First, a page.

Image: Eric Baudelaire, The Anabasis of May and Fusako Shigenobu, Masao Adachi and 27 Years without Images, 2011. Film still.
In the March issue of e-flux journal Naeem Mohaiemen examines pop cultural, academic, and artistic portrayals of the Japanese Red Army. Mohaiemen notes that while Germany's Red Army Faction have been exhaustively discussed in the media and repeatedly portrayed in pop culture, the Japanese Red Army (JAR) has received relatively little attention in the West.
Mohaiemen analyzes four written or filmic inquires into the JAF: a sensationalistic nonfiction book, a sociological study, a number of Japanese "pink films," and, most interestingly, Eric Baudelaire's film The Anabasis of May and Fusako Shigenobu, Masao Adachi and 27 Years without Images (2011). According to Mohaiemen, the latter "comes closest to holding the ethnographer’s gaze on [JAF] group survivors."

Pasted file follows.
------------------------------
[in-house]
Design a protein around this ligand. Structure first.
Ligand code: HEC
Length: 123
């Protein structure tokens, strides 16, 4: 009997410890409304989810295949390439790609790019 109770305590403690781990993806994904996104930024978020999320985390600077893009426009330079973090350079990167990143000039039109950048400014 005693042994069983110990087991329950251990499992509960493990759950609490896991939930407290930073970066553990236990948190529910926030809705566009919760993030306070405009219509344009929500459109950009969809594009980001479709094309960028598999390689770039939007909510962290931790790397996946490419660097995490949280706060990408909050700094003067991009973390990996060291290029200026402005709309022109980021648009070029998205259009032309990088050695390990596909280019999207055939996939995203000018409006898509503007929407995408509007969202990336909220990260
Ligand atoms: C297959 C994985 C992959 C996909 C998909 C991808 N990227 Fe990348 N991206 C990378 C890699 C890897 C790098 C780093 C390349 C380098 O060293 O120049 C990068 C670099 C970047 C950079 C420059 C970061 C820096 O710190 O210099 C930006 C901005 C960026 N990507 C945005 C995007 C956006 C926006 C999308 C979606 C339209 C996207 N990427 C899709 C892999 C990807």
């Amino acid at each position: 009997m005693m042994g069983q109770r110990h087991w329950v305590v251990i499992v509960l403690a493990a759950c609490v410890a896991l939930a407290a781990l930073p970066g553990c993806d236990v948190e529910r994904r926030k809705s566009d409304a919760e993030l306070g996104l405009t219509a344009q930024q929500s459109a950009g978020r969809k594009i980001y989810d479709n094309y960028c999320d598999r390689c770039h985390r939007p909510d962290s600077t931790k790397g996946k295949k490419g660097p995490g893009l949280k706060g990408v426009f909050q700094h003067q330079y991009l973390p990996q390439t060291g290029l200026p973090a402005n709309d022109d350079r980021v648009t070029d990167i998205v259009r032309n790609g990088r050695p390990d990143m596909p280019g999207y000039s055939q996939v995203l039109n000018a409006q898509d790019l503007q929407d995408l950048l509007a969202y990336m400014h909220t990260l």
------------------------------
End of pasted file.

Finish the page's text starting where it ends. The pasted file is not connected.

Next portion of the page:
The "Adachi" of the film's title is Masao Adachi, a screenwriter, filmmaker, and former JRA member. Because of his activities in the JRA, for twenty years Adachi lived in exile, a condition that Baudelaire characterizes as "anabasis." Mohaiemen writes:
Eric Baudelaire tracked down an aging Adachi. Thinking through this space of the stranded protagonist’s exile, Baudelaire introduced the idea of l’anabase, or “anabasis.” The word comes from the Greek, meaning both “to embark” and “to return.” Baudelaire uses it to indicate a “movement towards home of men who are lost, outlawed, and out of place.”
Mohaiemen praises Baudelaire's film for it's careful and haunting depiction of defeated idealism:
Baudelaire’s film on Adachi encapsulates a bittersweet look at youthful possibilities. This is a reversal of the heroic narrative we expect in these moments—uprisings that do not result in victory for the vanguard. Binary notions of failure/success do not necessarily illuminate, and sometimes even obscure, the optimism that was embedded in these moments. There was an almost impossible belief that a transformation was “just around the corner,” and all that was needed was a “little push.” Though Adachi says little about why he joined the JRA, his thoughts on “elsewhere” hint at why movements choose certain modes of confrontation “in the heat of the moment.”
Read Naeem Mohaiemen piece on the e-flux journal website.